Look around your neighborhood on recycling day. How many bins do you see?
Let's face it: As Long Islanders, we do a lousy job recycling. We might believe in it on principle, but we don't do it much in practice. Certainly not as much as our peers around the country -- who themselves aren't all that good.
Combine that lack of commitment with the fact that we are prodigious consumers and we have a serious problem. We produce a lot of garbage -- seven pounds per person per day -- and don't know what to do with it. We recycle 14.6 percent of our garbage on Long Island, compared with 34 percent nationally.
So it comes as good news that new technology being used elsewhere in the country finally has arrived on Long Island. It's called single-stream recycling, and it offers a reason for optimism that we can begin to change one of the worst aspects of our throwaway culture.
Single-stream recycling works off a simple premise. You put all your recyclables into one container, and that's what's hauled away. No more checking calendars or your neighbor's curb to try to figure out whether tomorrow is paper or bottles and cans. Just dump it all together. The sorting takes place at a new kind of recycling plant.
Experience has shown that recycling goes up and governments save money pretty much wherever the technology is introduced. So it's time Long Island rolled out the welcome mat.
Brookhaven already has. The local leader in this new movement, the town switched to single-stream in January and increased its recycled material by nearly 20 percent. More improvement is expected in 2015. Brookhaven saved $424,000 through November and expects to bank up to $700,000 next year.
Brookhaven also has signed agreements with other municipalities -- the towns of Smithtown, Southampton and Southold and some villages and school districts within Brookhaven -- to take their single-stream recyclables. Huntington and Long Beach are going single-steam in January. Others likely will follow. That's welcome progress, and Brookhaven is commended for its leadership. But regional problems are best tackled with regional solutions. One possibility: revamping state regulations on recycling.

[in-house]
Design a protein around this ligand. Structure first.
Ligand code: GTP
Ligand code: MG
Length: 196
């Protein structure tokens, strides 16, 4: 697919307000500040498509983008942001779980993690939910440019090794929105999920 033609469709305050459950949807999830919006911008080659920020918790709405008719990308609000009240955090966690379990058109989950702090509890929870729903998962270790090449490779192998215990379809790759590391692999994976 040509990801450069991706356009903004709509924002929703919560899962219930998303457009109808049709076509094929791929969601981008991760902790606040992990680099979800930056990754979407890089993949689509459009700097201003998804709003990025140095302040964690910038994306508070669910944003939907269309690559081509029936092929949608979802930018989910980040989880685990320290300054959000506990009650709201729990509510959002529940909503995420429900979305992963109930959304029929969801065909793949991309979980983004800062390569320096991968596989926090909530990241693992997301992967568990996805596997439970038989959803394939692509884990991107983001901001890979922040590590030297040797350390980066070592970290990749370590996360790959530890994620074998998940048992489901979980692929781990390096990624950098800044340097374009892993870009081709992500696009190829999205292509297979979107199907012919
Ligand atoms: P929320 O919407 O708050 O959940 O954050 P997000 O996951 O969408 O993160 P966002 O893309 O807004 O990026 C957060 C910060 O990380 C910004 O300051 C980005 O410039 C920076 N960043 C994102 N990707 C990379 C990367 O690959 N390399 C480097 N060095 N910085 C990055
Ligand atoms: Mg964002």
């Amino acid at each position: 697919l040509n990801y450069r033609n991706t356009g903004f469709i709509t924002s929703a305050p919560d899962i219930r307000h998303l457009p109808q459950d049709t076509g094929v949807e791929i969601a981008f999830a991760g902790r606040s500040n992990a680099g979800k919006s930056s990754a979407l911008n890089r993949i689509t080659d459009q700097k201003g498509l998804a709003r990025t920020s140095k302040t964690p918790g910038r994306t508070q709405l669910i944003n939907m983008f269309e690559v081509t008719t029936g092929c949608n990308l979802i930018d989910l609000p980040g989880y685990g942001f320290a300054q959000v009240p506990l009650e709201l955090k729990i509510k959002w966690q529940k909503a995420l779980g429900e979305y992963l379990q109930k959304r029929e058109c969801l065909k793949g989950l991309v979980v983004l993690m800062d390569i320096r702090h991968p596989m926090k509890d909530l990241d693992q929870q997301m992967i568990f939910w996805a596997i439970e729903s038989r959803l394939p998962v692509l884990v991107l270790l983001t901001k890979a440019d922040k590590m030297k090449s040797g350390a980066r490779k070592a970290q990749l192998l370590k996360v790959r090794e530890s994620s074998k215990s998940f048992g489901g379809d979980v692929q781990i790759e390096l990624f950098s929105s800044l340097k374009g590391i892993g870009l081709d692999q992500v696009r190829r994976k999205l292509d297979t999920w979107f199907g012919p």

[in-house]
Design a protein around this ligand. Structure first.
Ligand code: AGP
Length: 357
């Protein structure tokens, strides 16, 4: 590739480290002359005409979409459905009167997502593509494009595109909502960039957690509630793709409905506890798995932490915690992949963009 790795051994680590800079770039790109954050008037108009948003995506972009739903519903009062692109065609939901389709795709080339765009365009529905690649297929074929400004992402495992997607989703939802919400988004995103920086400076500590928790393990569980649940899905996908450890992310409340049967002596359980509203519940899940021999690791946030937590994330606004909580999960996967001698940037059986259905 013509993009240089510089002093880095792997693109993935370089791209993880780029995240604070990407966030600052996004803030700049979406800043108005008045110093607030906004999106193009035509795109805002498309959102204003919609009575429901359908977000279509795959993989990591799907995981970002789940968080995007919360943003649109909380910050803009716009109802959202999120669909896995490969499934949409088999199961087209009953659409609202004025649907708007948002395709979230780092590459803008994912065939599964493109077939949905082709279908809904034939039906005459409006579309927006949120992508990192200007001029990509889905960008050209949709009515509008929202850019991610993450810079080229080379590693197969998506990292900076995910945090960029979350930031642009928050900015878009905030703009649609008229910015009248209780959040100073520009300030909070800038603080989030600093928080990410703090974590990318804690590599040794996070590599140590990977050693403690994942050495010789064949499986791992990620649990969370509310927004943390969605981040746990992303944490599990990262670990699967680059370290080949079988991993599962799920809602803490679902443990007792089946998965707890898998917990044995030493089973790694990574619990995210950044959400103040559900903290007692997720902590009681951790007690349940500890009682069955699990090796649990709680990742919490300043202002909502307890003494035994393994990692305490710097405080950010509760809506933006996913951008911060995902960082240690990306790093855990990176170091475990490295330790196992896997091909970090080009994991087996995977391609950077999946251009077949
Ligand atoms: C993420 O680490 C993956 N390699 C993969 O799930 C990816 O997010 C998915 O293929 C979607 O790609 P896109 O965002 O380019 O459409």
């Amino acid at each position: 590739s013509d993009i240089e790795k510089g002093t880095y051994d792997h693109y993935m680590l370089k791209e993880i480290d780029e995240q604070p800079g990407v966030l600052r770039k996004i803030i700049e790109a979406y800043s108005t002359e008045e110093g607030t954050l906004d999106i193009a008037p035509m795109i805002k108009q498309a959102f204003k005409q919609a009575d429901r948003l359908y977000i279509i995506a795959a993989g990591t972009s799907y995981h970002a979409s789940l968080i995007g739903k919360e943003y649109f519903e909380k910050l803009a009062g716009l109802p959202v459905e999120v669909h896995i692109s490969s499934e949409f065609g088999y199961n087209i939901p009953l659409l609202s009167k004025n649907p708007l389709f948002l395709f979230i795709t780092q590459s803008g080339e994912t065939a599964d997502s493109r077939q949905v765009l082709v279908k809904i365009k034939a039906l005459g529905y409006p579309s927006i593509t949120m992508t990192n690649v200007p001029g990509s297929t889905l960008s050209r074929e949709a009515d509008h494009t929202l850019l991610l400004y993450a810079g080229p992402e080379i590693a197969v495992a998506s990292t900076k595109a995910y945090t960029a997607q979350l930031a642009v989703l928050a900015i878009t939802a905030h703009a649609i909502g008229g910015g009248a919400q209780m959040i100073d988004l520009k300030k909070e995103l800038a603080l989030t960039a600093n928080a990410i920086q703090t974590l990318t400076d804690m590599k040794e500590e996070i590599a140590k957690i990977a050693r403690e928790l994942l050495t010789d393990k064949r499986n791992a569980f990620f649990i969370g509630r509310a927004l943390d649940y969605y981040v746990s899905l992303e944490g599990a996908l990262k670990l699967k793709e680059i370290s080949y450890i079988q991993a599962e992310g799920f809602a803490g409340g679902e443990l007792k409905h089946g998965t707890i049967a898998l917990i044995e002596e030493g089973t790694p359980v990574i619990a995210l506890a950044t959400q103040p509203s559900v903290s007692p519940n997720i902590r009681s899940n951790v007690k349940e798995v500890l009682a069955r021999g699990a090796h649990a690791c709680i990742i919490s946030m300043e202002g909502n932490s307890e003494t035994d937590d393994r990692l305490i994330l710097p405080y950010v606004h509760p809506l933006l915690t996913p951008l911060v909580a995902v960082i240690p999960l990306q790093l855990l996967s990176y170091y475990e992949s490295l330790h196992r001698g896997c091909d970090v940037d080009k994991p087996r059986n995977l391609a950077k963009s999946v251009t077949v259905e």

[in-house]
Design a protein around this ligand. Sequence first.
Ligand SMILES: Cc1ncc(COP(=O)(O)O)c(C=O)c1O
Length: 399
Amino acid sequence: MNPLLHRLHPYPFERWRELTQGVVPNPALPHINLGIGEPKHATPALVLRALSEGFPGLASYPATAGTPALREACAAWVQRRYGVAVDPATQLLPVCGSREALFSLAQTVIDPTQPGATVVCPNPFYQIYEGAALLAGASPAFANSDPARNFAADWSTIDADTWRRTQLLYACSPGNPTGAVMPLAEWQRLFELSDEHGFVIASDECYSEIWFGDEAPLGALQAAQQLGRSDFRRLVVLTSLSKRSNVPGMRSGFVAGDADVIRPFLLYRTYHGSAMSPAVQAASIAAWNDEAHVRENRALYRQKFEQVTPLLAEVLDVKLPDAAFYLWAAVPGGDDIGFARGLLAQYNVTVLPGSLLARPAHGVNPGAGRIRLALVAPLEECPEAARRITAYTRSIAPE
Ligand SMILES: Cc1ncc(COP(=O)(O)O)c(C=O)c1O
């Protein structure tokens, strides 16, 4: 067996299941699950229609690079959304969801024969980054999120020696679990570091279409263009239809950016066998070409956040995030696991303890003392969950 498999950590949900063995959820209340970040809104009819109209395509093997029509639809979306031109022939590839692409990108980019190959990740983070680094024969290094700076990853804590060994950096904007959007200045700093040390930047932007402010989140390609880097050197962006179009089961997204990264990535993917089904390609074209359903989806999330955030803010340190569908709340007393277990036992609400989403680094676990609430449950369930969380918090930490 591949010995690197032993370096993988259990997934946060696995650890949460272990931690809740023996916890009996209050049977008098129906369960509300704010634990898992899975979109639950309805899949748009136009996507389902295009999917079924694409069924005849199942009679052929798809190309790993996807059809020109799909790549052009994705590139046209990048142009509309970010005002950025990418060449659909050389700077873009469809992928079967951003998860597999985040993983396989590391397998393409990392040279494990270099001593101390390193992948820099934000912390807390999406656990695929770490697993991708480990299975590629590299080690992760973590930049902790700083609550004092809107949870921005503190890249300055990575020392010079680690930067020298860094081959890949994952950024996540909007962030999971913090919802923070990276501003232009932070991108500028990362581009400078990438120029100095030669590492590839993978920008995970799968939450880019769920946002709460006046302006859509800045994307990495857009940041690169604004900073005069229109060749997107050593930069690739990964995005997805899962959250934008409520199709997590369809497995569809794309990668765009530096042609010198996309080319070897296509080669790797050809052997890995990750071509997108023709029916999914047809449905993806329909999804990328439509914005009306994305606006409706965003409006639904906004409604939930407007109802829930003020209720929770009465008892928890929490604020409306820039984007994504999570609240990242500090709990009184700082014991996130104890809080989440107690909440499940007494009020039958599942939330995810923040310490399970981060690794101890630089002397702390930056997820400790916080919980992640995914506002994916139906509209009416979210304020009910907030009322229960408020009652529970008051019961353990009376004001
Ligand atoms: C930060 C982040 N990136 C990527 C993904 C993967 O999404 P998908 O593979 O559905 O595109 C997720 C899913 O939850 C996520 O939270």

Brookhaven's push began when it contracted with a private company to install new technology in the town's recycling center in Yaphank. Green Stream Recycling -- a partnership of solid waste management heavyweights Winters Bros. of Bohemia and Westbury-based Omni Recycling -- invested $5.2 million on a marvelously complex system that separates recyclable materials using conveyor belts, gravity, friction, magnets, screens, wind currents, optical sorters and, yes, manual labor.
One result is a "purer" product at the end -- important because China, a huge purchaser of recyclables, has tightened standards for what it will buy. And better separation means more money: Good plastic such as milk containers, for example, can fetch close to 70 cents per ton; mixed plastic garners a few pennies.
The benefits from single-stream are many. More recycling means less garbage burned in incinerators or trucked to landfills, which eases the region's severe solid waste disposal problem. It reduces costs for municipalities and, hence, taxpayers because garbage collection gets cheaper and recyclables are a revenue stream. Single-stream also allows more materials to be recycled, and the technology continues to improve.
If all of Long Island joins in, the region will need a second facility. But to get there, we need an intensive education campaign to tell people about the benefits of recycling in this way and how to do it. That's what Brookhaven has done and continues to do. As Supervisor Ed Romaine says, this isn't going to grow unless we help it grow.
There's much room for progress. For all of Brookhaven's good work, its recycling rate now is a little over 14 percent of its garbage. But the town is just getting started. Time for everyone to join in.
We can do better.